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Questionable Claims On Same-Sex Marriage
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November 5, 2012
One of the most hotly contested referendum questions on Maryland’s election ballot asks voters to approve a measure to legalize same sex marriage passed during the last General Assembly session. In the heat of the campaign opponents have made some questionable claims. WYPR’s Joel McCord reports.
Neil Parrott: “All we need to do is look at Massachusetts and see what’s happened there. A parent was arrested because he wanted, simply, to allow his student to opt out of instructions.”
Joel McCord: That’s Delegate Neil Parrott, a Washington County Republican and architect of the online petition campaigns that put same sex marriage and other measures on the ballot. He was warning a group of pastors at a workshop at Grace Community Church in Frederick of the potential consequences of such a law.
Parrott: “And the student was, I believe, in first grade, teaching same sex marriage to his own student, first grader and the teacher said “No, you may not opt him out.”
McCord: The goal of the legislation, he says, is not to treat people equally, as supporters claim, but something truly nefarious.
Parrott: “The eventual goal is to shut down free speech. And it’s happening in Canada.”
McCord: Parrott said Canadian Broadcasting began censoring radio shows after Parliament adopted a same sex marriage law in 2005.
Parrott: “They have censored the radio. You know, anyone who listens to Focus on the Family, they will say, hey, this show was here in America, but we had to censor it. It wasn’t allowed to be aired in Canada.”
McCord: In addition, he said, the law will open florists, photographers and caterers who object to same sex marriage to lawsuits.
Parrott: “We’re not just making this up. Arizona, where there’s a similar law, just about a month ago there was a photographer who, she’s going to go out of business because she was sued by a same sex couple that wanted to have a wedding ceremony and she said, no, that’s really against my religious views.”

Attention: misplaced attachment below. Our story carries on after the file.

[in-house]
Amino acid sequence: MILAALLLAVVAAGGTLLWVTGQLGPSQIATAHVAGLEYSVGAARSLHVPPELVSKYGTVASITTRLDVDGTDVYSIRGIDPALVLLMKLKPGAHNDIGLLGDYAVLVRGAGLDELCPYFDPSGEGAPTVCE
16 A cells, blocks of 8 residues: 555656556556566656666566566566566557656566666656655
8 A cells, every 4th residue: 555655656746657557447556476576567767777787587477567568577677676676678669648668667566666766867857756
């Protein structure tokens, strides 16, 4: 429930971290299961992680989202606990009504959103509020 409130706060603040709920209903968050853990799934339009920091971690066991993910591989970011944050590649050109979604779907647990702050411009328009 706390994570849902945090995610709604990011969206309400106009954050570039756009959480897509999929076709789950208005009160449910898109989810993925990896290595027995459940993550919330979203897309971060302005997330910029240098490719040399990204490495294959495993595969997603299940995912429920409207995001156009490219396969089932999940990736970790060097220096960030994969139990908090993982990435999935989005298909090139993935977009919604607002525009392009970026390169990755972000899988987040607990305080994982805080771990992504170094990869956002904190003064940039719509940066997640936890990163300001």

McCord: But none of those claims hold up to scrutiny. David Parker, the Massachusetts man Parrott referred to, was not arrested because he tried to opt his child out of instruction involving same sex marriage, but because he refused to leave the school building as school officials tried to close up for the day at 6:30 in the evening. Focus on the Family Canada’s web site boasts of 238 million listeners to its daily half hour broadcast aired in Canada. Christopher Dornan, a journalism professor at Carleton University in Ottawa, said the show was the subject of complaints 12 years ago, before same sex marriage was legal there, for being virulently anti-gay, but that no action was taken against the show. Arizona forbids same sex marriage. A photographer in New Mexico was sued under public accommodations laws similar to those now in force in Maryland for refusing to take pictures at a same sex wedding. Josh Levin, campaign manager for Maryland Marriage Equality, said the claims are part of a playbook that has been used elsewhere. It centers on generating fear and division.
Josh Levin: “The campaign manager for the anti-equality forces in Maine in 2009 came out and said that they weren’t fully honest about that; that they put those ads up but they weren’t really true. And that he felt badly about that.”
McCord: The opponents, he said, are merely trying to confuse people.
Levin: “Question six, all it says it that gay and lesbian couples can go get that civil marriage license and that churches and clergy are protected. They won’t be forced to perform any marriage that they don’t want to, and that’s written right into the law so that there’s no question about it.”
McCord: In a later interview Parrot conceded that the Massachusetts man was arrested for refusing to leave the school building. But he said incidents to that and a host of lawsuits would spring from legalizing same sex marriage in Maryland. I’m Joel McCord, reporting in Frederick and Baltimore for 88.1, WYPR.
You can reach the WYPR Newsroom at email@example.com.
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